As I took my place in the saucy cowhair-upholstered seats at the Soho Hotel for the press screening of the fourth series of Strike Back, gobbling my eighth mini hotdog with the wild abandon of someone for whom the purchase of food features somewhere before socks but after cotton buds priority-wise, the realisation dawned that I had not the foggiest inkling about what was coming. I’d seen some promotional material featuring hunky beefcakes and svelte-but-hench heroines dripping with salacious sweat and adorned with military paraphernalia. Faces plastered with determination, and virile fire spouting from every orifice. But then that’s not newsworthily out of character for Soho. Clearly I was in for an evening that would be easy on the eyes, but would it be easy on the brain?


As I was thrust into the hotel’s intimate basement space in which several members of the cast were (apparently – I couldn’t have told you who was who) milling about and generally fizzing with champagne-fuelled bonhomie, it struck me that an ignoramus of my calibre was a pretty good litmus test for Strike Back. I was theirs for the taking, a nut for the cracking, a fan for the winning – no expectations, no preconceptions. A blank slate.

The two episodes on which we would feast our lusty peepers hit the ground running with a smashing theme tune (Short Change Hero by The Heavy, since you’re asking, Dead Curious musos). A good theme tune is half the battle in today’s world of entertainment overload, as the cup runneth veritably over with the endless stream of on-demand content. But enough guff. Strike Back is a British production of the action-slash-military persuasion, bursting with all the bombastic testosterone one could hope for – or fear, depending on your disposition – brought to life by Sky1 and Cinemax. Leading the pack this time round are actors Sullivan Stapleton and Philip Winchester, who are embroiled in a conventional yet endearing on-screen macho bromance. Burly quips, cocky banter, gruff affection, meaningful (but totes hetero) glances, and so on and so forth. So I was delighted and more than a little relieved when Martin Clune’s lovable mugshot popped on to the screen to restore balance, and generally appeal to the more genteel nooks and crannies of the soul.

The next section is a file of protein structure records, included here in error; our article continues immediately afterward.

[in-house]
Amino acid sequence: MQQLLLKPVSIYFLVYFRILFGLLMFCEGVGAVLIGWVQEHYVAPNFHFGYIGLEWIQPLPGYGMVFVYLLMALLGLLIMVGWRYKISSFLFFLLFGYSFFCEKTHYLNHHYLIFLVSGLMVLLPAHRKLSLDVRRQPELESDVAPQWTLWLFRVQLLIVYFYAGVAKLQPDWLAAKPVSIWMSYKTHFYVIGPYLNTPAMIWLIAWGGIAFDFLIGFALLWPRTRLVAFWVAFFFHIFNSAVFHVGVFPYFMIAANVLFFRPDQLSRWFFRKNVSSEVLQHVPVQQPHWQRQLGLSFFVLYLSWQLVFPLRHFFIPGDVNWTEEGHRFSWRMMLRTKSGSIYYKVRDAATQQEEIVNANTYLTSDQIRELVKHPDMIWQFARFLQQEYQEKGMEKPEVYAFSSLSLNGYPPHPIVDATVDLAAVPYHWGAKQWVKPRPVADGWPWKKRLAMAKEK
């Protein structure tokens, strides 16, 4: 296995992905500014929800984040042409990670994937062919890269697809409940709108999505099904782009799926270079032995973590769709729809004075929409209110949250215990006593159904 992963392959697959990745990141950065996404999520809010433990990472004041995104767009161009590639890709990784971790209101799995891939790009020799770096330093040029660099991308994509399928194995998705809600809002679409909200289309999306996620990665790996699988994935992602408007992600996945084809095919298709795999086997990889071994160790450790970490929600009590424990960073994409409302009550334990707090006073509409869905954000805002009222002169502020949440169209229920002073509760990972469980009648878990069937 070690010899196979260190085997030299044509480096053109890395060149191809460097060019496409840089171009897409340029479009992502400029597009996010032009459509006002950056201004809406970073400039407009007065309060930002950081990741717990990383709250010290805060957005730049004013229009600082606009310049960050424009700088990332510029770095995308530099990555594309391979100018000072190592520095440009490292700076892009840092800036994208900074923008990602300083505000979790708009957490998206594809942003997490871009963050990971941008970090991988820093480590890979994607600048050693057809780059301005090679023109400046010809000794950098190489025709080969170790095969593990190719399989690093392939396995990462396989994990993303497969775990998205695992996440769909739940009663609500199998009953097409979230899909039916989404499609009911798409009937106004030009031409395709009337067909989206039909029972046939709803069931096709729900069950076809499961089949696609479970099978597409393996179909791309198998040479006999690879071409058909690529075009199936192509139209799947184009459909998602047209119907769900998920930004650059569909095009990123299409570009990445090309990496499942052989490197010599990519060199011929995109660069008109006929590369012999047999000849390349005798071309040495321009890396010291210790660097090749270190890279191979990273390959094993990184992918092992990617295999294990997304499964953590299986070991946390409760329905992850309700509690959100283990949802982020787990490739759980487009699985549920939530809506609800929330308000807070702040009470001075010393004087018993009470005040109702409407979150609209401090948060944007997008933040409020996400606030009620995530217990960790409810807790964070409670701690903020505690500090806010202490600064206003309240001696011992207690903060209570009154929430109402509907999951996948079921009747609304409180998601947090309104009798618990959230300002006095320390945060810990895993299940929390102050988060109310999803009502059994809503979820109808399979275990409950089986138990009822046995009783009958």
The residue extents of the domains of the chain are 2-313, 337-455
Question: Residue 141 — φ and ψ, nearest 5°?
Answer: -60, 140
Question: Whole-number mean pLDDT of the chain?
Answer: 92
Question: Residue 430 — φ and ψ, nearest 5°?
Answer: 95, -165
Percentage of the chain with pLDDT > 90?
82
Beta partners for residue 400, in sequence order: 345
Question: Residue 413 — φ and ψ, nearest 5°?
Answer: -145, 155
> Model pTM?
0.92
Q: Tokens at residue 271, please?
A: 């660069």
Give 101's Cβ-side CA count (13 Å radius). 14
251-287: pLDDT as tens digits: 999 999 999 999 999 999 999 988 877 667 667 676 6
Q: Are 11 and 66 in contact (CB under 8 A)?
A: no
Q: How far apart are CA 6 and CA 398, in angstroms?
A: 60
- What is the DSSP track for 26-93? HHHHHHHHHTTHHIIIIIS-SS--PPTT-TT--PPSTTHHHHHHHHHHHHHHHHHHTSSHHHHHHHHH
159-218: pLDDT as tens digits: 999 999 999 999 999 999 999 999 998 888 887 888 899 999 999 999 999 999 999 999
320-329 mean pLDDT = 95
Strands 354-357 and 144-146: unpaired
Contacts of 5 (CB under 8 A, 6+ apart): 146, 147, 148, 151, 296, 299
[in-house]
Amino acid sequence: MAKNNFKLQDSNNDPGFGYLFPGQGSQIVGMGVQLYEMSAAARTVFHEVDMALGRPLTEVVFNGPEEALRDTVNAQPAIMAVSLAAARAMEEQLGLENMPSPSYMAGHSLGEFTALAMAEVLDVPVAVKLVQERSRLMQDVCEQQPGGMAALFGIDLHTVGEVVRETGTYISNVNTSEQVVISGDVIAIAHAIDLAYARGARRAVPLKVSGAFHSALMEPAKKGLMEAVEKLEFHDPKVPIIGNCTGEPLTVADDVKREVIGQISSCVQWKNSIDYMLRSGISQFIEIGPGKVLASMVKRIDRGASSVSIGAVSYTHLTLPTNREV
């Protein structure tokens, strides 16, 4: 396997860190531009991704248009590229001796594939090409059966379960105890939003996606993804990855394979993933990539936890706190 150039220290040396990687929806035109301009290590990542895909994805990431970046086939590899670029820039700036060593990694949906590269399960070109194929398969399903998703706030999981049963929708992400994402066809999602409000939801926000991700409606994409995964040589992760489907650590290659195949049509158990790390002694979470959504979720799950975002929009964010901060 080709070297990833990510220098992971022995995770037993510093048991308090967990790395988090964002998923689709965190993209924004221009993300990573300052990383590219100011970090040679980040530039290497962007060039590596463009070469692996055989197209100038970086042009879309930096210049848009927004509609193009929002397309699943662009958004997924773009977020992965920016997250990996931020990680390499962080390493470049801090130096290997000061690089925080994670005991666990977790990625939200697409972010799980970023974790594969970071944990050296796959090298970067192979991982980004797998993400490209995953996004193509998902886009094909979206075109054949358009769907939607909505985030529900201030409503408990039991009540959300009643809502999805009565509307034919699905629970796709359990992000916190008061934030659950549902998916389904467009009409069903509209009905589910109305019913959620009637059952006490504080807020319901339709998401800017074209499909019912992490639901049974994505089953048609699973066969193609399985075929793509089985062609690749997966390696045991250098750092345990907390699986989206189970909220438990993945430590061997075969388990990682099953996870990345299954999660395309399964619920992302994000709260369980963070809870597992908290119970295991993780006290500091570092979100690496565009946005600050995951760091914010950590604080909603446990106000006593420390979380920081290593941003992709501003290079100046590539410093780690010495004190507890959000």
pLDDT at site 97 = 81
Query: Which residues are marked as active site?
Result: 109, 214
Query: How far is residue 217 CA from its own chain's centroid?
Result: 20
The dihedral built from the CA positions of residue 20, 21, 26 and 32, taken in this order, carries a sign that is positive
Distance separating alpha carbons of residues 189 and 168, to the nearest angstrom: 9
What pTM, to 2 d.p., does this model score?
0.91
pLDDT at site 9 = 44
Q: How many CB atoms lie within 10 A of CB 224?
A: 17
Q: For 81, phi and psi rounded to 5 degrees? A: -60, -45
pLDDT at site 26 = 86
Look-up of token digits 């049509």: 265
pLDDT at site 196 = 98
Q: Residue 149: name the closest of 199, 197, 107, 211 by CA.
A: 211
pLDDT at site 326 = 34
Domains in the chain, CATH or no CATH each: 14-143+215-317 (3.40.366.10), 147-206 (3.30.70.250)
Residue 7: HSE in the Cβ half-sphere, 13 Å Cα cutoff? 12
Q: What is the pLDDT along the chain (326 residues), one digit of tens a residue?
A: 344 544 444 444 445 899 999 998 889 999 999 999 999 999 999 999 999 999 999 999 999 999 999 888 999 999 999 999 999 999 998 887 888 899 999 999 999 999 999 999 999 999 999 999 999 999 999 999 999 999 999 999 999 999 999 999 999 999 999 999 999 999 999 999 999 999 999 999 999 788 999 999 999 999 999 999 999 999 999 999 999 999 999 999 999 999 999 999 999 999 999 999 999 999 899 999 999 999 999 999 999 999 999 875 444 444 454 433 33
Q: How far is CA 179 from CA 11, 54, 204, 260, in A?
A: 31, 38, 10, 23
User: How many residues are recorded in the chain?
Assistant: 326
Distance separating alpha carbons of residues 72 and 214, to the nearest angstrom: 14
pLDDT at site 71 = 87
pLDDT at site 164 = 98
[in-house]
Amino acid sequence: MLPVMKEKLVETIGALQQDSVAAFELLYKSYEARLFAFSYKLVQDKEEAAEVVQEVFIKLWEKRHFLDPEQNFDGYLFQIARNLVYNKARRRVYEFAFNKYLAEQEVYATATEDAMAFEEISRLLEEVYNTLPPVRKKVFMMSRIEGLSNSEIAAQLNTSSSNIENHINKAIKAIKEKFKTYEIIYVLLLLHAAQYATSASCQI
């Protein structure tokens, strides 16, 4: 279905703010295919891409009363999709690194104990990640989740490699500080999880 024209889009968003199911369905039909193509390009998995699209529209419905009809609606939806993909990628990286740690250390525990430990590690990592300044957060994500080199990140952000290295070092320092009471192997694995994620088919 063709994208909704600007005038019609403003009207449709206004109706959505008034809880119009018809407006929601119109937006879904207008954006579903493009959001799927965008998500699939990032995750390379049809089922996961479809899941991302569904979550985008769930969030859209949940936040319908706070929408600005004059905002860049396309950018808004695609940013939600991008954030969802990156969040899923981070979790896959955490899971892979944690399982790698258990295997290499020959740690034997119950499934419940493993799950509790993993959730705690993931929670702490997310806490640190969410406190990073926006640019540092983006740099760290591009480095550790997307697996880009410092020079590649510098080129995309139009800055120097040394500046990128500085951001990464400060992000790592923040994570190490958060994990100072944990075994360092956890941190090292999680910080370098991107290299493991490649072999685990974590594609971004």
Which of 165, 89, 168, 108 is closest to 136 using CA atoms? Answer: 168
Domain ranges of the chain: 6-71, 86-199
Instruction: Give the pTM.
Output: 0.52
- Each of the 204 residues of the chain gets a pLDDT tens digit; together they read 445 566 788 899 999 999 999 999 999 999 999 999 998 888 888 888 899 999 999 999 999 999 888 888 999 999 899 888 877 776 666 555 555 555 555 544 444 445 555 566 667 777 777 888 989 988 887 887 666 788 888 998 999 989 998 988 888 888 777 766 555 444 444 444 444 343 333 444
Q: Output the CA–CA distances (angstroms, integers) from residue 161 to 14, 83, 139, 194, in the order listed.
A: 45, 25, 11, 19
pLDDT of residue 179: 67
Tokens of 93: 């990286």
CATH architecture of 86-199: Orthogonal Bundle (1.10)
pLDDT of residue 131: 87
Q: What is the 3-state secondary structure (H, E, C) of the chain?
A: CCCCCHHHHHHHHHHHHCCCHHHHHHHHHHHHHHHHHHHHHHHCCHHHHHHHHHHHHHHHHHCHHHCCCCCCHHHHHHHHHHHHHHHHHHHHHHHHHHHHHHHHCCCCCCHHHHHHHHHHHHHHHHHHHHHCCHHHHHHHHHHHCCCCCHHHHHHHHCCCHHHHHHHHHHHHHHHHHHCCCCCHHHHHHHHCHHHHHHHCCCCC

This particular series, set predominantly in corruption-ridden Columbia, was filmed in a variety of locations from Johannesburg to Mozambique to Budapest. Enough to give anyone who collects Airmiles (now Avios? Eh, what?) itchy feet, at any rate. There’s nothing earth-shatteringly innovative about the plot – dead comrades, drug cartels, terrorists, agents fallen from grace, big guns and bigger muscles, turbulent and impromptu lovemaking etc. – but the two hours passed pretty quickly. The cast were at pains during the subsequent Q-and-A session to emphasise that there is far less gratuitous fornication than in the previous series. Not being privy to season four’s predecessors, I can only infer that these must consist of proper top-shelf stuff, as the introductory scenes of this new series’ first episode weren’t exactly filled with the sort of thing you could sit down to watch in the company of your grandma, a cup of tea and a Hobnob. Steamy stuff aside, there’s plenty of other loud noises to keep you awake; not to mention overt gore and ruckus by the military truckload. Taser to the groin, anyone? The level of pleasure to be derived from this variety of in-yer-face violence may divide opinions like Marmite or Lana Del Rey, but suffice to say a quick perusal of the cinema at the end of the evening revealed a smattering of popcorn cartons that had been crushed into a soggy pulp by hands writhing in anguish.

Although Strike Back isn’t exactly upholstered in the hessian cloth of originality, it’s hard to deny that it is entertaining, in a way that loud bangs and handsome humans are usually entertaining. And hats off to Stapleton and Winchester for having the gumption to do their own stunts. Apparently some plucky Sonny Jim from the on-set team removed a bunch of “do not swim – crocodiles” signs from a river in order to lure them into the bacteria-infested water, from which they subsequently became ill (though not de-limbed). Watching the three male protagonists share their experiences during question time, there seemed to be a sense of genuine camaraderie between them which, frankly, is always nice to see among humans. Twelve-pack or not.

Will I be watching the third episode when it airs? Probably. Damn those crocodile-infested cliffhanger endings. And those hunky beefcakes.

Strike Back: Shadow Warfare hit the US, Friday on Cinemax. It will probably descend on the UK sometime thereafter. TBC. Anyone’s guess, really.